Campaign: Retail launch of KidsOK
Client: KidsOK PR team Prodigy Communications
Timescale: June-July 2005
KidsOK is a new mobile phone location service that enables parents to
discreetly track their child. By sending a two-word SMS to their child's
phone, the parent receives text with a pictorial map detailing the
child's whereabouts. The child's phone does not ring, meaning he or she
is not alerted to the tracking.
After successfully launching online last September, KidsOK planned to
roll out the service, which is available on Orange, T-Mobile, O2 and
Vodafone, on the high street in July.
It wanted the product packs to be available in more than 500 outlets,
including selected Boots, Millets and The Link stores.
To handle the retail launch of KidsOK ten months after the initial
product was available online. To highlight the relevance of the KidsOK
service to parents and influencers, and promote the product to children
themselves by bringing the KidsOK brand to life.
Strategy and Plan
To add credibility to the campaign, Prodigy Communications and KidsOK
secured a tie-up with children's charity Kidscape, the organisation that
campaigns to keep children safe from harm or abuse.
The charity offered spokespeople to talk about the service. They
explained why it was important for parents to know where their children
were without embarrassing them by phoning them directly. KidsOK also
commissioned independent research which showed that 72 per cent of
parents claimed they worried at least once a week about where their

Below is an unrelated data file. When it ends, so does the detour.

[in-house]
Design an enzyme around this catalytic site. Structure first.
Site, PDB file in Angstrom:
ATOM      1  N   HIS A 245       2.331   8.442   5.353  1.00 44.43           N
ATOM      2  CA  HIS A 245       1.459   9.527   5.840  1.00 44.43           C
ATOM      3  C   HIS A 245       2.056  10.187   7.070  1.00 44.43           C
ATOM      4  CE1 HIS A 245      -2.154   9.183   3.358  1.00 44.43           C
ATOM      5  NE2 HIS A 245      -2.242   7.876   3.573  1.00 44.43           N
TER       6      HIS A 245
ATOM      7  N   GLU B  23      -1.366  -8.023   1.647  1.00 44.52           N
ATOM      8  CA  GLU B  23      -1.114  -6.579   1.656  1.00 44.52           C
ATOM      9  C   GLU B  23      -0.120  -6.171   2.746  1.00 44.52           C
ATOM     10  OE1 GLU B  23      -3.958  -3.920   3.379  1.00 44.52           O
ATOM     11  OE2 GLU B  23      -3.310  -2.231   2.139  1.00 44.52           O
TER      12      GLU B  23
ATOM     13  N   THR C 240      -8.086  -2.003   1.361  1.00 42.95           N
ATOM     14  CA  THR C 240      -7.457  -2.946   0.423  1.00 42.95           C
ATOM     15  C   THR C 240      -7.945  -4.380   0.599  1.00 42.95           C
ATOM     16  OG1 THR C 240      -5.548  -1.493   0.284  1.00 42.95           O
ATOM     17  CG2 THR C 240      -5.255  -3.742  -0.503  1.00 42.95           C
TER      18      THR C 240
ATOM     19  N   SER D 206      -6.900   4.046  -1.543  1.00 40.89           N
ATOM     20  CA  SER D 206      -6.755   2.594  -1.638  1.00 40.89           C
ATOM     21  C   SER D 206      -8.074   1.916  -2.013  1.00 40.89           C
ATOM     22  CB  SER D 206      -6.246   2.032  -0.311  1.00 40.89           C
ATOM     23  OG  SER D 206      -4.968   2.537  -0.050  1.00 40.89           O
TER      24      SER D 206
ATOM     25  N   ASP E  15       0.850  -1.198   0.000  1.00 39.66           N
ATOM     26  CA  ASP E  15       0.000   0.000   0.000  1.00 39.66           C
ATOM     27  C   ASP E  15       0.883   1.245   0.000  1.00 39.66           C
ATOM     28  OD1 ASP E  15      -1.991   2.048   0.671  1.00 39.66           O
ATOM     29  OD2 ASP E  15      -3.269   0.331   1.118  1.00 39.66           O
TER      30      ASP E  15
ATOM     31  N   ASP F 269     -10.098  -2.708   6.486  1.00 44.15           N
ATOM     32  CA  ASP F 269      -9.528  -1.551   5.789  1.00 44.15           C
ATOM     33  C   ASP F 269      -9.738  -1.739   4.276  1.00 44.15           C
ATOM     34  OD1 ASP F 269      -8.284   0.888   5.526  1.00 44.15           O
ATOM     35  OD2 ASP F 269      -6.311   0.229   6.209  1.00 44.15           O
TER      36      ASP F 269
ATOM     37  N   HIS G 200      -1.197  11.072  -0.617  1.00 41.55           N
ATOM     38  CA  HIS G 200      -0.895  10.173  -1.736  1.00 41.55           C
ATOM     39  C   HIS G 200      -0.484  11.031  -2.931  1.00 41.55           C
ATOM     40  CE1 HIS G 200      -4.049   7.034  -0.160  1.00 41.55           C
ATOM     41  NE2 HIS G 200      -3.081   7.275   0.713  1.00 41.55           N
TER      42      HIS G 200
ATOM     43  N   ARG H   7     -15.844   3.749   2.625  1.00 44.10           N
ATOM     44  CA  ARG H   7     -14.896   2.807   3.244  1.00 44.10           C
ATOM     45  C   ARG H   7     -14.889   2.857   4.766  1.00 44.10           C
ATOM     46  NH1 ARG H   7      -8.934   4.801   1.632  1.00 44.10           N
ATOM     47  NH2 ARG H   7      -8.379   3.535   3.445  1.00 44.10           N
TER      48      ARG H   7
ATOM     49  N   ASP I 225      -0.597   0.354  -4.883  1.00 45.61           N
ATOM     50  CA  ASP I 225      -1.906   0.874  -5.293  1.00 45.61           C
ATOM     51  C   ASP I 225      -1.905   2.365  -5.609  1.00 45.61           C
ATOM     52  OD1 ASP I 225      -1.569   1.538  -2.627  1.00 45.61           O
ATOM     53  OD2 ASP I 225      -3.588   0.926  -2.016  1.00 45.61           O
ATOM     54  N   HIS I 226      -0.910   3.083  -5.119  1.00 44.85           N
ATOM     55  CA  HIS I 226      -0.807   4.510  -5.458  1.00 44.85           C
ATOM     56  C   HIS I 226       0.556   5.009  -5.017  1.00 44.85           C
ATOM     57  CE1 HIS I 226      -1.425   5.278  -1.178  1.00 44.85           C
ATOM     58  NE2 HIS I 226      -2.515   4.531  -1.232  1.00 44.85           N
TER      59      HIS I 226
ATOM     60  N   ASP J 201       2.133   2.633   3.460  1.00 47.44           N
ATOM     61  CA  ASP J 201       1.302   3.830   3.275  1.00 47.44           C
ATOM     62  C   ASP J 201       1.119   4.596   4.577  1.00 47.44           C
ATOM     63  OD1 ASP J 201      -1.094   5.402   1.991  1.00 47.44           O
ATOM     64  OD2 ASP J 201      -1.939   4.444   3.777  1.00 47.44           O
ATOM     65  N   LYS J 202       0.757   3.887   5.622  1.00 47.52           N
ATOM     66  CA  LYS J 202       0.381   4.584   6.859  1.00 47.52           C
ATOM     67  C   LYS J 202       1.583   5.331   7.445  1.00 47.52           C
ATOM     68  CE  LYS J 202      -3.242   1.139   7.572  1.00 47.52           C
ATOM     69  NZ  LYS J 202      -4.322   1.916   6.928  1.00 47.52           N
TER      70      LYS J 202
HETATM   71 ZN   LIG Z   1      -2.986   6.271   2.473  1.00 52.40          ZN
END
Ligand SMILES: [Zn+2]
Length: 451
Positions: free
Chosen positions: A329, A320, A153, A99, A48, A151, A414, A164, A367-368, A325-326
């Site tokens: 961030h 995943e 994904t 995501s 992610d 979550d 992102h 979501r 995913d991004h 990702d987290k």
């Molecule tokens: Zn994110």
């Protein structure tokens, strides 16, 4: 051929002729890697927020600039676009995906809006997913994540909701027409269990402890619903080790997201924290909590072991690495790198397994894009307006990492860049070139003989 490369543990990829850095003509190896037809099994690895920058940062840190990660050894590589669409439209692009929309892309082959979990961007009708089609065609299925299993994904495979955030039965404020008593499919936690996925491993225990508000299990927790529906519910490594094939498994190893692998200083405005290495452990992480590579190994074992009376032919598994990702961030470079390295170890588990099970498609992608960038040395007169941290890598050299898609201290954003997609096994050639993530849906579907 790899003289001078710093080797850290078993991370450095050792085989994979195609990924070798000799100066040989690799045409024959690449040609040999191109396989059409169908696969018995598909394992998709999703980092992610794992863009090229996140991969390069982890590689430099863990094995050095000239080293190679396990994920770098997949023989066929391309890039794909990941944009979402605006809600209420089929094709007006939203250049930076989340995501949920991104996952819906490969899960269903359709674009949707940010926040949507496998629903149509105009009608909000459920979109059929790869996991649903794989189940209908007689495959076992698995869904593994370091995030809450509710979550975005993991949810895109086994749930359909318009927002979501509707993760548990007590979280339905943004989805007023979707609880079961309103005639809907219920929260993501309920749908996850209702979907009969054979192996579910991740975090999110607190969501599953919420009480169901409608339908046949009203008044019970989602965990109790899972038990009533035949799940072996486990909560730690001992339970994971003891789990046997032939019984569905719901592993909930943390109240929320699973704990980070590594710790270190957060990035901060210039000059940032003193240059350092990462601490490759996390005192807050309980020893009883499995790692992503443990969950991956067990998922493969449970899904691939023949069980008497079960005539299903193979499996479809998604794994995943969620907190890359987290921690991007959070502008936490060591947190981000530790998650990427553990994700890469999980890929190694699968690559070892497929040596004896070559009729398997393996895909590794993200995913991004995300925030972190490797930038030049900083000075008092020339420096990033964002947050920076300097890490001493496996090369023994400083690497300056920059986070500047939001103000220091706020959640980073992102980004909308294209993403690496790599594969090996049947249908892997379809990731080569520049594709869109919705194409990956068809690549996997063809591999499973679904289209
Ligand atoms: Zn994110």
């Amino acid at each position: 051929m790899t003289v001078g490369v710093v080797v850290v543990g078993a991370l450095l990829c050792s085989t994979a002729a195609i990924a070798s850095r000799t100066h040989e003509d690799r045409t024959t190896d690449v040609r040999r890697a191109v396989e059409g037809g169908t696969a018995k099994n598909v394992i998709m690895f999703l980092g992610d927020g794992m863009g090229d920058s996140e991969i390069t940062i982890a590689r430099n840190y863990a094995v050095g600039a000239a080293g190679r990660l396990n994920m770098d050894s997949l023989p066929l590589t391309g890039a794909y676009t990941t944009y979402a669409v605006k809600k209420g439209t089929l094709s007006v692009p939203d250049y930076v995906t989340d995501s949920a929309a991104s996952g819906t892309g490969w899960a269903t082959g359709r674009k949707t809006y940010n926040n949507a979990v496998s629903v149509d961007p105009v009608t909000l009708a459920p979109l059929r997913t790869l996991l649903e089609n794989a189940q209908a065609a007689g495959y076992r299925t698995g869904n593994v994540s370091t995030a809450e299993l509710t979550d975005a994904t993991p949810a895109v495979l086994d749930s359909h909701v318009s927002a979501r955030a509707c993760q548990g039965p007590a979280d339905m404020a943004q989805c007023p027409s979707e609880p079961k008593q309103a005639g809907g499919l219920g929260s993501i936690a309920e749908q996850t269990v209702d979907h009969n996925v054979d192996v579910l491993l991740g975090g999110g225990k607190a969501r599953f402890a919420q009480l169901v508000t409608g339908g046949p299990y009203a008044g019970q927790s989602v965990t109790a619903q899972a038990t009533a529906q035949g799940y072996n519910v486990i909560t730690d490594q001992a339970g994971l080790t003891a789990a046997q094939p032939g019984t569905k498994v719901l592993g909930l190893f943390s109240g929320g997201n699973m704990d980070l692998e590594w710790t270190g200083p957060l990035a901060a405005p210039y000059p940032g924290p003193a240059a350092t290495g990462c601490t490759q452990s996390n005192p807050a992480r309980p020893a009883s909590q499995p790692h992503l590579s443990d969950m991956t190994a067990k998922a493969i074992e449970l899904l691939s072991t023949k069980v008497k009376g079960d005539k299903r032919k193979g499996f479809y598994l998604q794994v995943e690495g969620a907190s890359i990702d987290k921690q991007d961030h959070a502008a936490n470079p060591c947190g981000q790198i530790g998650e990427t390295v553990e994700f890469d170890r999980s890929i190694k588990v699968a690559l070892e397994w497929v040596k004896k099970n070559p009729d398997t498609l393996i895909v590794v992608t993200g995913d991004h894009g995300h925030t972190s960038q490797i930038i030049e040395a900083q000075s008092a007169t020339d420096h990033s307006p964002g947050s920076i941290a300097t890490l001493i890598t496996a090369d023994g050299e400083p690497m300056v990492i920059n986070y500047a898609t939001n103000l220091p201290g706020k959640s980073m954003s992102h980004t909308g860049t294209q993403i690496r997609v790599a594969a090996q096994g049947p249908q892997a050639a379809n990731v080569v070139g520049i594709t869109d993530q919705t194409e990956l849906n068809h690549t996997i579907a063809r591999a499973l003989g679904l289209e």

child was. Seventy-eight per cent agreed that a simple, unintrusive
service would help to put their mind at ease.
Prodigy Communications offered regional and consumer journalists trials
or demonstrations of the service for case-study features.
Measurement and Evaluation
The campaign produced 92 items of coverage specifically mentioning the
retail launch of the service, including articles in The Guardian, the
Daily Mail, The Sun, Daily Record, Irish Independent and Mizz
Other outlets to cover the story included Five News, the BBC's
Newsround, Scottish TV and TV3 Ireland.
Prodigy also secured spots on Capital Radio, Sky News Radio, Century FM,
BBC Radio 2 and various regional BBC stations.
Lucy Ward, social affairs correspondent at The Guardian, says: 'The
product had all the right ingredients to make an interesting story for
our readers. There was a slightly sinister, Orwellian element to it, but
Prodigy clearly stressed the importance of parents being able to know
their kids are safe.'